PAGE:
"In quoting the prophecy of the rejected stone, Christ referred to an actual occurrence in the history of Israel. The incident was connected with the building of the first temple. While it had a special application at the time of Christ's first advent, and should have appealed with special force to the Jews, it has also a lesson for us. When the temple of Solomon was erected, the immense stones for the walls and the foundation were entirely prepared at the quarry; after they were brought to the place of building, not an instrument was to be used upon them; the workmen had only to place them in position. For use in the foundation, one stone of unusual size and peculiar shape had been brought; but the workmen could find no place for it, and would not accept it. It was an annoyance to them, as it lay unused in their way. Long it remained a rejected stone. But when the builders came to the laying of the corner, they searched for a long time to find a stone of sufficient size and strength, and of the proper shape, to take that particular place, and bear the great weight which would rest upon it. Should they make an unwise choice for this important place, the safety of the entire building would be endangered. They must find a stone capable of resisting the influence of the sun, of frost, and of tempest. Several stones had at different times been chosen, but under the pressure of immense weights they had crumbled to pieces. Others could not bear the test of the sudden atmospheric changes. But at last attention was called to the stone so long rejected. It had been exposed to the air, to sun and storm, without revealing the slightest crack. The builders examined this stone. It had borne every test but one. If it could bear the test of severe pressure, they decided to accept it for the cornerstone. The trial was made. The stone was accepted, brought to its assigned position, and found to be an exact fit. In prophetic vision, Isaiah was shown that this stone was a symbol of Christ. He says:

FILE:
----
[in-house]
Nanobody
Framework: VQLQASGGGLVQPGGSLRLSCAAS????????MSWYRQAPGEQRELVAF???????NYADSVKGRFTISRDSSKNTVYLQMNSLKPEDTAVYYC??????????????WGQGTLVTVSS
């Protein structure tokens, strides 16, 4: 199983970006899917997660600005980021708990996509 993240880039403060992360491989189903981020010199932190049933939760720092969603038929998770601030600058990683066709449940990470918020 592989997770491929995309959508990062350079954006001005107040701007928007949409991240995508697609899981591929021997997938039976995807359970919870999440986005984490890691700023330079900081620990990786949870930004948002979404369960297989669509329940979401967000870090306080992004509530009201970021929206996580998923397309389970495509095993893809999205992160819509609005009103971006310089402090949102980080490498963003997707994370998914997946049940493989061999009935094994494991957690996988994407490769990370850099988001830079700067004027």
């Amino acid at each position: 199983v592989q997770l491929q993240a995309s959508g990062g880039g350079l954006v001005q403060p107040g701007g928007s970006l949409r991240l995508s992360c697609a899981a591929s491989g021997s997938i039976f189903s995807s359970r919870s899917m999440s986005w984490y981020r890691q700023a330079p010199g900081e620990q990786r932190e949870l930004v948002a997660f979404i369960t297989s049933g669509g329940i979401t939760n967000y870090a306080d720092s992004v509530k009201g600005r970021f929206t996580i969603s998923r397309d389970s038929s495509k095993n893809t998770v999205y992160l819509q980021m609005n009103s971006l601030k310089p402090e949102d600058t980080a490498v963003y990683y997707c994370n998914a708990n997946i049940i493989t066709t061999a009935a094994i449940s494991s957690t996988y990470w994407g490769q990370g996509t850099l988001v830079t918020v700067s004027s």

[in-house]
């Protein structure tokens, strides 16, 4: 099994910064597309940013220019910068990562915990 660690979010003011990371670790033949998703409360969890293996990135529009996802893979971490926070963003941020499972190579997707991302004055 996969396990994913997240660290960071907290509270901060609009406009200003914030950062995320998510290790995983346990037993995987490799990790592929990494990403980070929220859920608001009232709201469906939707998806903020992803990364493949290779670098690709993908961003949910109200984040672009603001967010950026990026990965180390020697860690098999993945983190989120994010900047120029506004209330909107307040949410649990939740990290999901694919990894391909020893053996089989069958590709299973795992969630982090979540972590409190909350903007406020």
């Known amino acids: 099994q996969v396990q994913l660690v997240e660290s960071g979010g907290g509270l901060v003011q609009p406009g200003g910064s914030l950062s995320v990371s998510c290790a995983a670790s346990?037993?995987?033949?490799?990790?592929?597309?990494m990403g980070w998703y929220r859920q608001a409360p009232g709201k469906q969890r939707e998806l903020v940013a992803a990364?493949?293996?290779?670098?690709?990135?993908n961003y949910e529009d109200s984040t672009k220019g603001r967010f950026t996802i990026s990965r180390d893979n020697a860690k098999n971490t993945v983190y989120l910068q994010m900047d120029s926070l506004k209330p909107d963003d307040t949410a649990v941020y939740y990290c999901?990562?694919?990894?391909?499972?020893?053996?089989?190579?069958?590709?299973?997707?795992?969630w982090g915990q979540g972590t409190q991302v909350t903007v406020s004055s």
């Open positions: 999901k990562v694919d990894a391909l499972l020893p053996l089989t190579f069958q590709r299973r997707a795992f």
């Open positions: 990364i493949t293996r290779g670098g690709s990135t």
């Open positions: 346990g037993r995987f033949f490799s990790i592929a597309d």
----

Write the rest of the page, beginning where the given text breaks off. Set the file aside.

"Sanctify the Lord of hosts Himself; and let Him be your fear, and let Him be your dread. And He shall be for a sanctuary; but for a stone of stumbling and for a rock of offense to both the houses of Israel, for a gin and for a snare to the inhabitants of Jerusalem. And many among them shall stumble, and fall, and be broken, and be snared, and be taken." Carried down in prophetic vision to the first advent, the prophet is shown that Christ is to bear trials and tests of which the treatment of the chief cornerstone in the temple of Solomon was symbolic. "Therefore thus saith the Lord God, Behold, I lay in Zion for a foundation a stone, a tried stone, a precious cornerstone, a sure foundation: he that believeth shall not make haste." Isaiah 8:13-15; 28:16."

So, Christ told the Jews that they were treating Him as this stone was treated.  He says to them in Mat 21:42 Jesus saith unto them, Did ye never read in the scriptures, The stone which the builders rejected, the same is become the head of the corner: this is the Lord's doing, and it is marvellous in our eyes?

Paul picks up on this theme in Ephesians 2.  He calls us the building and Christ the foundation.  Let us read,

Eph 2:20 And are built upon the foundation of the apostles and prophets, Jesus Christ himself being the chief corner stone;

Eph 2:21 In whom all the building fitly framed together groweth unto an holy temple in the Lord:

Paul repeats this concept in 1 Corinthians 3: 9 – 11; Peter echoes Paul in 2 Peter 2: 5 – 10.  This has two implications. On the one hand, if Jesus is the foundation, then not one of us is as important as Jesus (and we do not have to dig the footings).  The only reason we can stand is because He bears our weight and keeps us standing.  On the other hand, we need not worry about how we can stand and not fall.  Jesus bears and holds us all; if only we let Him.  Both extremes are dangerous.  They are both treating Him as the "stone that the builders rejected."  It is letting the stone fall on you. By, faith bring forth the fruit of falling on the stone and being broken (Matthew 21: 44 - 45).

Raul Diaz